More work needed to help women bridge Scotland’s STEM skills gap

More work needed to help women bridge Scotland’s STEM skills gap

Issued: Fri, 16 Nov 2018 13:23:00 GMT

Dr Tanya Wilson

Progress has been made in tackling gender equality in the Science, Technology, Engineering and Maths (STEM) professions in tackling inequality in Scotland during the last six years.

Dr Tanya Wilson, economics lecturer at Adam Smith Business School is part of a working group at the Royal Society of Edinburgh (RSE) who looked at ways to improve gender inequality in STEM.

The Tapping All Our Talents report, published by the RSE and RSE Young Academy of Scotland (YAS) highlights the progress made.

More women are employed in the STEM sectors, including in academia, but more needs to be done to ensure men and women can enjoy equal prospects in the STEM sectors, and to ensure Scotland utilises the talents of all its citizens to maximise the country’s economic prospects.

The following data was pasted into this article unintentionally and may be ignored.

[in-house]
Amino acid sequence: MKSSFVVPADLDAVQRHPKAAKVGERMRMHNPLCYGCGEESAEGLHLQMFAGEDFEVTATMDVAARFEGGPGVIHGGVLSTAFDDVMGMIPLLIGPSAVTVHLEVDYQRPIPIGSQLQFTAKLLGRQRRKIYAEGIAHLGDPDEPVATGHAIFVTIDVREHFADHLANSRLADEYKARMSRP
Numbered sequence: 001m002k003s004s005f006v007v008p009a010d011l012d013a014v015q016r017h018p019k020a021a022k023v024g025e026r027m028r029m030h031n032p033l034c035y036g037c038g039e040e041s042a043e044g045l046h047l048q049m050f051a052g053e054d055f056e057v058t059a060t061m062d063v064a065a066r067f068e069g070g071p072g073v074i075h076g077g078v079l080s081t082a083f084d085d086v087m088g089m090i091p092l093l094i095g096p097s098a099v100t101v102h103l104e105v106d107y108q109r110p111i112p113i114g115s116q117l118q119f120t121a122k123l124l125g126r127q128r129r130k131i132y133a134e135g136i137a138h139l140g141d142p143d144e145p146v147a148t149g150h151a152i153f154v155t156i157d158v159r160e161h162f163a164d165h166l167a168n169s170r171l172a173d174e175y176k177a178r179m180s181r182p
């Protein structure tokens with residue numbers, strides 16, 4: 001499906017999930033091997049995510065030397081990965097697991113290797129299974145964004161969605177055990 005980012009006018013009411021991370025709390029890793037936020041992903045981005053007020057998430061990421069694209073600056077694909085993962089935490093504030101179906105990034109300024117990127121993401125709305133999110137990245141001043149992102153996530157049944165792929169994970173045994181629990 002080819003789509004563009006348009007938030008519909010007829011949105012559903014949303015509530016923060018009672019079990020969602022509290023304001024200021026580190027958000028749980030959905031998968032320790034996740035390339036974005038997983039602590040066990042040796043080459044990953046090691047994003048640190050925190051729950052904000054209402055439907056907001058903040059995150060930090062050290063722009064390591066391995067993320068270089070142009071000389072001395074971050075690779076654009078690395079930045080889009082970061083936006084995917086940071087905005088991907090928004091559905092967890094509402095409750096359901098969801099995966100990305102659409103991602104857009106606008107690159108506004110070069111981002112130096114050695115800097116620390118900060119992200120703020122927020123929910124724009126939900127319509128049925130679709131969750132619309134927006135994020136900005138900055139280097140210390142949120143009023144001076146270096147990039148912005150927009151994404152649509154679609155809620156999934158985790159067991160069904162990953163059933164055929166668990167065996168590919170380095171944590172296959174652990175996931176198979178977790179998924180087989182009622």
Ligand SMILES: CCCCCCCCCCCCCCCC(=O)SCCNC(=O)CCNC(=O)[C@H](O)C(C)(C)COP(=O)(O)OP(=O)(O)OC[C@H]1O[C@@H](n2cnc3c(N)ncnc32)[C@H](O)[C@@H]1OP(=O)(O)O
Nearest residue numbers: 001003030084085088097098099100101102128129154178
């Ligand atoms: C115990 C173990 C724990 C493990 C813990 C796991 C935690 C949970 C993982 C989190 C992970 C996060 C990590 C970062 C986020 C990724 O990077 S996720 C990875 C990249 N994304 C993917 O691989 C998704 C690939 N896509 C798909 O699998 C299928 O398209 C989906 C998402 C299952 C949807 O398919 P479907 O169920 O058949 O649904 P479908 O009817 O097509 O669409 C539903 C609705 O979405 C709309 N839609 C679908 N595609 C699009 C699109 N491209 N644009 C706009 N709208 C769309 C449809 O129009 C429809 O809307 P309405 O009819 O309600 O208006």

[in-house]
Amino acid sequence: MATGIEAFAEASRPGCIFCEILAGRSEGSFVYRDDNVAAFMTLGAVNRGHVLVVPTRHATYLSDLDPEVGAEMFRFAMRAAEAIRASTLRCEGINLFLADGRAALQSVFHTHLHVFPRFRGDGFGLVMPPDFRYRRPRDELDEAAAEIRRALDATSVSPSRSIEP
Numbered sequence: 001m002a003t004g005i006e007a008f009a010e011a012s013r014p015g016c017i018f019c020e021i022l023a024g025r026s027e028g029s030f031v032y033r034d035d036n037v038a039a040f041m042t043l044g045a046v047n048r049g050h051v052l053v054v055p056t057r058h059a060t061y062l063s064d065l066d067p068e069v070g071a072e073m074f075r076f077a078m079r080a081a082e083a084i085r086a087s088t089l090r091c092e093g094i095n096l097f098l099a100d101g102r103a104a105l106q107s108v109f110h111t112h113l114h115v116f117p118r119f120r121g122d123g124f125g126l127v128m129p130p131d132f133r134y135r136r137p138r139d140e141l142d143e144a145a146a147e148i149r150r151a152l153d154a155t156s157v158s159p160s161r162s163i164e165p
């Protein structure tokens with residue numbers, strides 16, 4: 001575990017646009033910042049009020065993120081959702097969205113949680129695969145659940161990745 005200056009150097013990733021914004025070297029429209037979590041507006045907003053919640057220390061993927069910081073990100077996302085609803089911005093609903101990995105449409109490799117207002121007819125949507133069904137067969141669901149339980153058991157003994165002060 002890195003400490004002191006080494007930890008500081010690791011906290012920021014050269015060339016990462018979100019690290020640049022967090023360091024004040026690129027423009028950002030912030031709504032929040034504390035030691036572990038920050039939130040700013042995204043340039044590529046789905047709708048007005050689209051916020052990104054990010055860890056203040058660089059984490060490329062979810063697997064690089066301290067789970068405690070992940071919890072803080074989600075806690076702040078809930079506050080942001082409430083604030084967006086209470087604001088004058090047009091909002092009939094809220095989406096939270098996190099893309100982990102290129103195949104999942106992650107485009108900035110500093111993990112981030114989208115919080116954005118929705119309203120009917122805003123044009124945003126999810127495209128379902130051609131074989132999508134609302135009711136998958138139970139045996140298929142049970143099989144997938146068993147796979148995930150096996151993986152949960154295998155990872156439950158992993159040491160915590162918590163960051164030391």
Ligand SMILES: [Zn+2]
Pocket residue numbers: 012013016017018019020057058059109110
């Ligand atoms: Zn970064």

Through a public consultation, a series of roundtable discussions, and a review of the
literature and data available, the Tapping All Our Talents Review 2018 considers what has –
and has not – changed for women working in STEM in Scotland today, and it makes
recommendations for addressing the under-representation of women in STEM.

This includes the need for leadership from UK and Scottish Governments to drive culture change and strong sustained partnerships  between educators and industry to deliver education and training that inspires all people to engage in STEM.

Dr Tanya Wilson said: “Although improvements in gender equality are evident in the STEM sector, the pace of progress is stubbornly slow. Realising gender equality in STEM in Scotland requires challenging deeply-entrenched societal views on gender roles in all areas: in home-life, in education and in workplaces.”

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